After suffering through a pretty indifferent year in the EU LCS, G2 Esports seemed to turn on the jets in the regional guantlet. Playing in the Worlds qualifier seemed to ignite a team whose tepid approach to the game saw them crash out of the playoffs. There was hope that this year, G2 would continue to improve through the early stages at Worlds and avoid the early exits that have plagued them in the past.
That hope dissipated when G2 lost their first game to Bahçeşehir SuperMassive yesterday. A lot of mistakes G2 have made throughout the year came up again. Even worse, the team almost lost their second game to Ascension Gaming, only making it out of that contest when Ascension threw at the Baron pit.
What those two games made clear is that G2’s long-standing macro issues have not yet been solved. Sure there were individual misplays that contributed. But the map is a bigger concern. For instance, after the SuperMassive game, the casters and analysts brought up G2 bot laner Petter “Hjarnan” Freyschuss’s struggles on the Tristana into Varus matchup.
The numbers seem to support that theory. Hjarnan fell behind in CS from the very first minion wave as the combined power of Varus and Tahm Kench forced G2’s duo lane back. But surely that was to be expected: Hjarnan is not a strong laner, and SuperMassive intelligently banned his pocket Heimerdinger. His Tristana was supposed to lose lane in that matchup.
Jungler Marcin “Jankos” Jankowski gave Hjarnan some cover via early ganks to the bot side, picking up First Blood in that lane 10 minutes into the contest. But from there, Jankos and G2’s map play simply fell apart. After resetting, G2 had a chance to take an ocean drake while SuperMassive pressured the top side of the map with their eyes set on Rift Herald.
Instead, Jankos and top laner Martin “Wunder” Hansen abandoned the drake to go mid and kill SuperMassive mid laner Lee “GBM” Chang-seok. The problem? GBM was playing Zilean, someone who’s very hard to dive. SuperMassive got a bit lucky that Berkay “Zeitnot” Aşıkuzun’s Tahm Kench was in place to save GBM. But G2 simply didn’t need that kill.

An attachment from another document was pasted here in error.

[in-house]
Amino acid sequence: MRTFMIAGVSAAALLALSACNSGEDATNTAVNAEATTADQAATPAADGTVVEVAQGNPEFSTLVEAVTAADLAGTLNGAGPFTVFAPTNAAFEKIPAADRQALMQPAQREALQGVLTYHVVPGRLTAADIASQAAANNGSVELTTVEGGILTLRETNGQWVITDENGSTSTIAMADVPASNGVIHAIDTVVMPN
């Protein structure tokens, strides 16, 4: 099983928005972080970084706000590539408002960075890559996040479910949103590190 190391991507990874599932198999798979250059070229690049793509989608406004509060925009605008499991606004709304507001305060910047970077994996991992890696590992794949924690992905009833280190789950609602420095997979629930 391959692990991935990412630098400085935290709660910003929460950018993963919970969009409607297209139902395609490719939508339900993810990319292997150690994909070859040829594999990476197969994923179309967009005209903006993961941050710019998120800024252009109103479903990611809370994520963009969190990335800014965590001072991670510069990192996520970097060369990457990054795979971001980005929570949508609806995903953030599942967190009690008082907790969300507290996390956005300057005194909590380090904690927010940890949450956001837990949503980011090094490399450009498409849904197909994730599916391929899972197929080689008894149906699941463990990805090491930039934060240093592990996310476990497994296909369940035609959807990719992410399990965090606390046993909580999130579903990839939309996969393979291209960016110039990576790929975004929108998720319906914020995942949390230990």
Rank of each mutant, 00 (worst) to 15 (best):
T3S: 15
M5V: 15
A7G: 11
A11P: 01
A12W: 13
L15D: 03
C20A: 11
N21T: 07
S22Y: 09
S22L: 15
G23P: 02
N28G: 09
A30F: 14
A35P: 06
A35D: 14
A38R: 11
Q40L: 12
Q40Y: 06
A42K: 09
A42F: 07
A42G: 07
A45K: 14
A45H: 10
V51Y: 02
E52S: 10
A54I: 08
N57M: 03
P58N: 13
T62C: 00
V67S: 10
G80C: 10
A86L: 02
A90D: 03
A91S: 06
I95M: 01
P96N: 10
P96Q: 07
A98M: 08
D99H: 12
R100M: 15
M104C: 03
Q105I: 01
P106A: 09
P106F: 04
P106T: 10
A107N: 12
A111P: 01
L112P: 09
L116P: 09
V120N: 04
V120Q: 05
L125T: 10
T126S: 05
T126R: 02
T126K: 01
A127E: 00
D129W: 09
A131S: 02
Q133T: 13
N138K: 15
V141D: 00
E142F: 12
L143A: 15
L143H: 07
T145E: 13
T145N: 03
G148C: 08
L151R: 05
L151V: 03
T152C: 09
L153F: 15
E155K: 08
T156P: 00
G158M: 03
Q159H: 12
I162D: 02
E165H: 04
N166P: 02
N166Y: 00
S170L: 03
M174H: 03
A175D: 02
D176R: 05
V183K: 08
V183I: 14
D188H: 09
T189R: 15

In the end, G2 got nothing out of the play: Not a kill, the drake, or the Rift Herald. The funny part is, that wasn’t the only time G2 tunneled on killing GBM while ignoring other parts of the map. The next time it happened, SuperMassive turned and took a series of mid lane turrets that led to a bold Baron force from the red side.
And you know what? None of these plays had anything to do with the Hjarnan’s Tristana being behind. Most of them are over before the ADCs can really get involved.
You would have thought that G2 would have corrected this mistake after the game. But against Ascension, they made the exact same mistake again:
This play is just bizarre. Top laner Martin “Wunder” Hansen is heading to top lane to soak a wave while Hjarnan is shoving minions in the mid lane. The other three members of G2 dive onto Tahm Kench—not a priority target—and get absolutely blown up by Ascension’s damage and CC. Ascension were able to nab quite the bounty off that play: Infernal Drake and Rift Herald.
And again, it was an unnecessary play from G2. Blowing big cooldowns trying to kill Tahm Kench does absolutely nothing. From there, only Ascension’s own macro issues—including an unfortunate Baron sneak attempt—allowed G2 the victory.
Before the tournament, we called on G2, Jankos in particular, to be more proactive. We figured they could sharpen their early game against lesser teams as they prepare for the main event. And to be fair, their early game is much improved: Jankos looks more like he has a plan and is participating in the lane phase.
But G2 can’t keep throwing their advantages away in the mid game in pursuit of nonsensical teamfights. They’re simply not talented enough to make that type of loose play work. And now, we’re not sure their opponents in the play-in stage are lesser at all. If G2 don’t get on the same page and get better at playing the map past 20 minutes, their post-Worlds vacation will start even earlier than it has in the past.